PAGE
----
Who is John Aglialoro? Probably no one since Ayn Rand has invested so much in Atlas Shrugged. For nearly two decades he has championed the novel — financially, intellectually, logistically — because he was determined to make a movie that would do justice to Rand’s masterpiece.
Ranked by Forbes Small Business as the 10th richest executive of any small publicly-traded company (revenues under $200 million) in 2007, Aglialoro is one of those rare corporate executives who fully “gets” the philosophical message in Atlas Shrugged. And he wants the rest of the world to get it, too — by seeing it on the big screen.
After fifteen years of negotiations and discussions with networks and major studios, in 2007 it finally seemed his efforts would pay off. A version of the movie produced by Lionsgate Entertainment, with Angelina Jolie starring as Dagny Taggart, looked as if it would enter production.
In an article at the Atlasphere, Robert James Bidinotto reviewed those plans in some detail, and saw reason for hope. We published a short interview with Aglialoro around that time as well. According to one rumor, however, the real-life Jolie proved rather less dependable than her fictional counterpart, and the Lionsgate plans fell through.
After further discussions with studios made it clear none were prepared to act within an acceptable timeframe, Aglialoro made a bold decision. As Chairman and CEO of exercise equipment producer Cybex International, he was no stranger to the challenges of managing a massive budget and meeting a hard deadline. By May 2010, faced with the prospect that his rights to the movie would soon expire, he and Harmon Kaslow elected to dispense with major studios altogether and underwrite the movie themselves as an independent production.
With no studio bosses to interfere with the integrity of the story, Aglialoro recruited Brian Patrick O’Toole to create a new script (learn more here) that would closely follow the original novel. And this time, Aglialoro himself would make sure the movie got made.
The movie stars Taylor Schilling (of Mercy) as Dagny Taggart, Grant Bowler (of True Blood) as Hank Rearden, and director Paul Johansson (of One Tree Hill) as the novel’s hero, John Galt — whose face is, reportedly, never shown in the movie.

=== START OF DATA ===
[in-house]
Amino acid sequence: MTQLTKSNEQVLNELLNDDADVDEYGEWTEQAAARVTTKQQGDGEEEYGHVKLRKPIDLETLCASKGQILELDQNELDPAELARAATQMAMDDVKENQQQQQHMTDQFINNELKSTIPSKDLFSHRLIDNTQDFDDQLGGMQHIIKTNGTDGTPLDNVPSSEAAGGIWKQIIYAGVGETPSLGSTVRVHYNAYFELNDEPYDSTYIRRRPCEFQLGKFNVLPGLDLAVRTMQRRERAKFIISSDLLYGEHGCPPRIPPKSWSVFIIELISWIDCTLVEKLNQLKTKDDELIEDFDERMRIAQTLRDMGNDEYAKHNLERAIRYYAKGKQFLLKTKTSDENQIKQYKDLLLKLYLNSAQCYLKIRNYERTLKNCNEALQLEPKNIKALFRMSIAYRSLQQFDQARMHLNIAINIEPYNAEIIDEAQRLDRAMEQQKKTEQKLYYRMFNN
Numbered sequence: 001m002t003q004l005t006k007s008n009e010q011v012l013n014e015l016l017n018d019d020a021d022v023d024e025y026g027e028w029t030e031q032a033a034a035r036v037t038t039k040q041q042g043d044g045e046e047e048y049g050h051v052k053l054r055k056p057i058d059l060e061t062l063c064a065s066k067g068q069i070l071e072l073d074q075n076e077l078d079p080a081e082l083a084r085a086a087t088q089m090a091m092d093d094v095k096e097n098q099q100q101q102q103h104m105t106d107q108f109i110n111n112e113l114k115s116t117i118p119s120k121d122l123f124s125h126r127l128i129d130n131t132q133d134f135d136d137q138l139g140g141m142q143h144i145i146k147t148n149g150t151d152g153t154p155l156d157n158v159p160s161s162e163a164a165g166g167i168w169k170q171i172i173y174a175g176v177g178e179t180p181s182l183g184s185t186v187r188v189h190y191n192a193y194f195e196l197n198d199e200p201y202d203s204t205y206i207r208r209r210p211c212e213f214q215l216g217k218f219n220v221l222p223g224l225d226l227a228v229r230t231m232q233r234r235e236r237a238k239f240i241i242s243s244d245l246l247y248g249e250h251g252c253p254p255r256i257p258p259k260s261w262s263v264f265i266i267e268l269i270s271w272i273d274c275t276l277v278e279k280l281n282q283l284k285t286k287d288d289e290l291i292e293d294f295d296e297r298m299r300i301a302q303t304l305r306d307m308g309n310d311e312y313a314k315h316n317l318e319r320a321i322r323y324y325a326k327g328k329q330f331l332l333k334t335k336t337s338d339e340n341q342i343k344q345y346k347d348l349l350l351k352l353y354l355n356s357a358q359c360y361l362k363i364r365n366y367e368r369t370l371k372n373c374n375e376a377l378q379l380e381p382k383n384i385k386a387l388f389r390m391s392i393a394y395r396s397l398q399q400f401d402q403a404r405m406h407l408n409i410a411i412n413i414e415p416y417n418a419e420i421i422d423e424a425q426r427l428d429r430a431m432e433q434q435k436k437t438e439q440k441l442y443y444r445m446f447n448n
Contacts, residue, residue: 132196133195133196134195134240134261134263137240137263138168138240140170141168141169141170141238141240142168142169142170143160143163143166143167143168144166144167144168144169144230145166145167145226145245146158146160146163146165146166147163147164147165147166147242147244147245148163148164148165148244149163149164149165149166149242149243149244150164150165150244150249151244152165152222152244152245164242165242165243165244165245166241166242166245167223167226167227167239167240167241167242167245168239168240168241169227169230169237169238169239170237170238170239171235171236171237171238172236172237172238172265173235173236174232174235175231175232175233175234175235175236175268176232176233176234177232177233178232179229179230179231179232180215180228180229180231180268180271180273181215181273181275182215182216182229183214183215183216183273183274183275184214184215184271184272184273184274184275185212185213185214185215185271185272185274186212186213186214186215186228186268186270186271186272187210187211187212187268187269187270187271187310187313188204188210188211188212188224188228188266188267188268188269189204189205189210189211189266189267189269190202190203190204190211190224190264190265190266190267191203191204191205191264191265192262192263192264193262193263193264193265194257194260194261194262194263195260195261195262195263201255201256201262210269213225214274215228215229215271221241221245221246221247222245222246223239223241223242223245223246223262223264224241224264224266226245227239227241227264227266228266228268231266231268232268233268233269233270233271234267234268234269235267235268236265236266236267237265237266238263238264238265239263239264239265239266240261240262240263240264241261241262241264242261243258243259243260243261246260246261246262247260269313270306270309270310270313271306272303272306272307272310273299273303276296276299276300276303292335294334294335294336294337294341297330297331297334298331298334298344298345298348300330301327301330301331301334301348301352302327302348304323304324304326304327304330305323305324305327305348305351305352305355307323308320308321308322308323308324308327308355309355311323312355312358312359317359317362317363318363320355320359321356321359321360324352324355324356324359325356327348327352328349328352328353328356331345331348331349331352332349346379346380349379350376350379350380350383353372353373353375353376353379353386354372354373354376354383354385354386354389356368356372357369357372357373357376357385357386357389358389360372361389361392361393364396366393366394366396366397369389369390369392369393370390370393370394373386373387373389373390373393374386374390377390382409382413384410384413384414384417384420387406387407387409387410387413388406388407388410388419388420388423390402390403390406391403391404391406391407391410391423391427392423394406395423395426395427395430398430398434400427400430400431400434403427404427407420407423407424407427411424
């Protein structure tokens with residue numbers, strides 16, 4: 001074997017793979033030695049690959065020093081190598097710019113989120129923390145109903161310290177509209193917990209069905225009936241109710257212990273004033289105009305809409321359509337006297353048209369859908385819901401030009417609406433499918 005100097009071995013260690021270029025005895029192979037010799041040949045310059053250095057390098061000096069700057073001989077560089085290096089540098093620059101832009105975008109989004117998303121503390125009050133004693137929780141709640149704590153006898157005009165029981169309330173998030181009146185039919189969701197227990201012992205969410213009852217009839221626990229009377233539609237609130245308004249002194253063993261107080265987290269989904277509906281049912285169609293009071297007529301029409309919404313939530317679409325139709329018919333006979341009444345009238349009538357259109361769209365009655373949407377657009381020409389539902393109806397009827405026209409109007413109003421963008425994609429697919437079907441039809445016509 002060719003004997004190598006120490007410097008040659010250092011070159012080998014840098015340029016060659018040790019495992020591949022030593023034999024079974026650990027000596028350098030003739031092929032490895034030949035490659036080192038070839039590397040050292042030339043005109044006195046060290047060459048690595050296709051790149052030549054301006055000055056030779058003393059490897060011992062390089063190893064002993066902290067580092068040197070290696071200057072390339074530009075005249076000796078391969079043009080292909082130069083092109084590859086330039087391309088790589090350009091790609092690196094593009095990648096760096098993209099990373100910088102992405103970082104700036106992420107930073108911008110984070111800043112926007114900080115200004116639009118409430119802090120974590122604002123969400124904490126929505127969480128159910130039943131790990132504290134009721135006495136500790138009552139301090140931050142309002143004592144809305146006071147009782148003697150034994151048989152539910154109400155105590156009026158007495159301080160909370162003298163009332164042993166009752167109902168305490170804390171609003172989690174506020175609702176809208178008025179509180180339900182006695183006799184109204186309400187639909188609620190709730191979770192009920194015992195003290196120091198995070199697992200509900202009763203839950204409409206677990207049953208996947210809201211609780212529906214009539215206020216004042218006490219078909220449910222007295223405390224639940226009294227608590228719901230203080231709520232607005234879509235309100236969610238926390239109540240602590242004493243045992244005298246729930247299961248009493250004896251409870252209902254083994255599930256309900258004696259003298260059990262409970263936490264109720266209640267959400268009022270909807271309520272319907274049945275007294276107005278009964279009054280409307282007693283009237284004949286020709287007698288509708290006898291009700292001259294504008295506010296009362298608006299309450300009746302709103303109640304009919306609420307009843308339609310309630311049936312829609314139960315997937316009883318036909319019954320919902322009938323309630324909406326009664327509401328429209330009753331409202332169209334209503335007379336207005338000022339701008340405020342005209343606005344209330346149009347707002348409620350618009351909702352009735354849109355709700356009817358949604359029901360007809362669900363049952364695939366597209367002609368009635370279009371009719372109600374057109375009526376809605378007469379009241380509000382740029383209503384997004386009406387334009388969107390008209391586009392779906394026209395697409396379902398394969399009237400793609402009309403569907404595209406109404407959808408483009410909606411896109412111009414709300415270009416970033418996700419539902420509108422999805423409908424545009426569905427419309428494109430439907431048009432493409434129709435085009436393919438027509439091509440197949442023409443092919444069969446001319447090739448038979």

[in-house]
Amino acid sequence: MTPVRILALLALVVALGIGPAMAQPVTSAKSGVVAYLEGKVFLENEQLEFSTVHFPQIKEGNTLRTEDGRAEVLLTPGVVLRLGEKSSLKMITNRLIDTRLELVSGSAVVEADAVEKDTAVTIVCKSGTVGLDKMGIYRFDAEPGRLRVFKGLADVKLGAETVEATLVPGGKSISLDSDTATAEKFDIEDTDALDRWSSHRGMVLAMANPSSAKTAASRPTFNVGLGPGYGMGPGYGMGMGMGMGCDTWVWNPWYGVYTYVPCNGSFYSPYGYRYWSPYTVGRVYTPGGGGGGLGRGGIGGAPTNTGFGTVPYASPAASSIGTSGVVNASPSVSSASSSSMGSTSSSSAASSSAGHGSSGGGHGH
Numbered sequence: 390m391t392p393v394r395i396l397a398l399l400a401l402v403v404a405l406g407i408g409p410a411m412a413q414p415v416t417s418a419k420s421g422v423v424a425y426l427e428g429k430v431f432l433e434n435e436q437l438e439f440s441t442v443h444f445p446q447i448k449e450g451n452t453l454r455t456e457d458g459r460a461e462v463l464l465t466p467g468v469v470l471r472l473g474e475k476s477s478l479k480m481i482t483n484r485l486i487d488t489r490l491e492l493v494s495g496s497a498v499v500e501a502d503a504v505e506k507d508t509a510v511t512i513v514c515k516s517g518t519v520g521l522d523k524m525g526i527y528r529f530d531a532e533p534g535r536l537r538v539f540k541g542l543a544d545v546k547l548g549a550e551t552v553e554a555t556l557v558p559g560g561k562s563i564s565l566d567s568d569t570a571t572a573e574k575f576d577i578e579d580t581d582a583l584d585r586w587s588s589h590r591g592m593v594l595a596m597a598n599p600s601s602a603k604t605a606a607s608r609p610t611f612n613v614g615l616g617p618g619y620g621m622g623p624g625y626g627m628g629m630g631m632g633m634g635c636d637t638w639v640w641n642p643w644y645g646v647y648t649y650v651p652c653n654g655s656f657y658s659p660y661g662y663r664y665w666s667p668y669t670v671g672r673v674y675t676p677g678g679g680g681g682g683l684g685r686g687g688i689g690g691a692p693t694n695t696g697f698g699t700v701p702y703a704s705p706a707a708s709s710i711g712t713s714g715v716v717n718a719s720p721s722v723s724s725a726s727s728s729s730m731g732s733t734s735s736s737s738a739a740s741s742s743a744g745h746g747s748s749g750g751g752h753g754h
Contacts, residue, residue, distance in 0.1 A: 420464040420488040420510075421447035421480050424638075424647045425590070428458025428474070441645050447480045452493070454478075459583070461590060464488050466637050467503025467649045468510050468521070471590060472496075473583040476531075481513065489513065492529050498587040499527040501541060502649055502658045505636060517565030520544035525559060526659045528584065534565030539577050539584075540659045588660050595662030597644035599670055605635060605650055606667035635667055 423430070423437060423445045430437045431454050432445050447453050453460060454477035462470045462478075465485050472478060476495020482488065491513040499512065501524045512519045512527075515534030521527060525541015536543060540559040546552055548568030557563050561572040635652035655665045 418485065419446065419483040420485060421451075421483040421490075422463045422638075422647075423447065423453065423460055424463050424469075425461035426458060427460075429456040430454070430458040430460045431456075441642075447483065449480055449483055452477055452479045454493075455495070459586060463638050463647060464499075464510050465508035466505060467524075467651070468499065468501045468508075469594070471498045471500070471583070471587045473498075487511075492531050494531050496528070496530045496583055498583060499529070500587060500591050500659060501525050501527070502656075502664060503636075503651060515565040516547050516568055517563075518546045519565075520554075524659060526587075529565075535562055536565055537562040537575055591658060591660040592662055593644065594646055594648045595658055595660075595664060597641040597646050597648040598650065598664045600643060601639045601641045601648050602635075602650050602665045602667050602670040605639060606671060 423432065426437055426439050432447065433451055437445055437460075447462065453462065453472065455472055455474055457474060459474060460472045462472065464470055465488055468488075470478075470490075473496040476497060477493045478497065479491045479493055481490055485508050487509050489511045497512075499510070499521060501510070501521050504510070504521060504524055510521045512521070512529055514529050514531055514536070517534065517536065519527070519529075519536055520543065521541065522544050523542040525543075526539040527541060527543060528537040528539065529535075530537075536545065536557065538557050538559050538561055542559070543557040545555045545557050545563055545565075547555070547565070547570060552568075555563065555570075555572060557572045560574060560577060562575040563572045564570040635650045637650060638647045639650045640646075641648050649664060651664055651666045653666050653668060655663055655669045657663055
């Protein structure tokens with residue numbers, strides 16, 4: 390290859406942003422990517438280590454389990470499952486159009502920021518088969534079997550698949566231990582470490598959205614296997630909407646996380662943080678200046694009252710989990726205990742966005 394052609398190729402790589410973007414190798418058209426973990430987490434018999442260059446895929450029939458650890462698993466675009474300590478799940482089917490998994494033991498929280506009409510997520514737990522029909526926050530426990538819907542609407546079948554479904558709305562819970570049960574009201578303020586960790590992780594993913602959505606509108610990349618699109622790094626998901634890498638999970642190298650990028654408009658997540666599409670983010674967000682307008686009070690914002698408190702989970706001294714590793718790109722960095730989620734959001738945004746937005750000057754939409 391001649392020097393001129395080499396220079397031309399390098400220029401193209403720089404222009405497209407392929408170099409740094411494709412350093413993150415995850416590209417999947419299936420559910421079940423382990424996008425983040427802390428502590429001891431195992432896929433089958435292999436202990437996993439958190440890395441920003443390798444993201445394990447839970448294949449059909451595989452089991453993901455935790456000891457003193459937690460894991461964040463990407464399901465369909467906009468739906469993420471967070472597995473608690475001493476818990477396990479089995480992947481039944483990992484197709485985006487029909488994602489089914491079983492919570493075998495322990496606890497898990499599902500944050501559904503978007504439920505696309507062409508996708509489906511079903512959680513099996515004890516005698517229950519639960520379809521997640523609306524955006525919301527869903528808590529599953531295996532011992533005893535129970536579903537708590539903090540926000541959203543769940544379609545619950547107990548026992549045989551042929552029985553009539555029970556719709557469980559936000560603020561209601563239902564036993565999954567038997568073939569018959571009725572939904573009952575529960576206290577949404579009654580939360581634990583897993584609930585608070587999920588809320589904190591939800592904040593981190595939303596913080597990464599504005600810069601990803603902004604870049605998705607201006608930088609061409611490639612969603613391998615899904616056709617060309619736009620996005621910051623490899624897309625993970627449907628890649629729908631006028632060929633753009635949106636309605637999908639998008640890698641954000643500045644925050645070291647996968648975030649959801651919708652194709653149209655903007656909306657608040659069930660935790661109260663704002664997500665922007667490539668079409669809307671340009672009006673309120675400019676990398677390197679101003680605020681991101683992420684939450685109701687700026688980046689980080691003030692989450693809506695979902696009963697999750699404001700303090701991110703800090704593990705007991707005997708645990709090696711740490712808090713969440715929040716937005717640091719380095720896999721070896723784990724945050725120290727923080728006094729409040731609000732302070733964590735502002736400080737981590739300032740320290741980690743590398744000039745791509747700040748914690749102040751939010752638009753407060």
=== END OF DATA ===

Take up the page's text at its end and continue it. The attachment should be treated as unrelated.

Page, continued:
The movie’s Facebook fan page has grown rapidly as screenwriter Brian O’Toole posts behind-the-scenes photos from the set and members try to guess what scenes from the novel are being depicted.
Aglialoro’s decision to make the film himself, with no help from Hollywood studios, has generated plenty of controversy. Was it a rash choice unlikely to yield good results? Or an example of just the sort of no-excuses reliability and determination exemplified by the heroes in Atlas Shrugged itself?
You can judge for yourself. Next month, at the December 7th event “Atlas Shrugged: The Making of a Movie” in New York City, fans of Atlas Shrugged will have a chance to not only hear Aglialoro talk but also see a 10-minute clip from the movie. Aglialoro is a longtime trustee of The Atlas Society, which is hosting the event.
In anticipation of this event and the movie’s release early next year, Aglialoro agreed to answer some questions for Atlasphere readers.
The Atlasphere: You’ve been working to bring Atlas Shrugged to the screen for seventeen years. During that time, you’ve faced many ups and downs. What has kept you going for such a long time?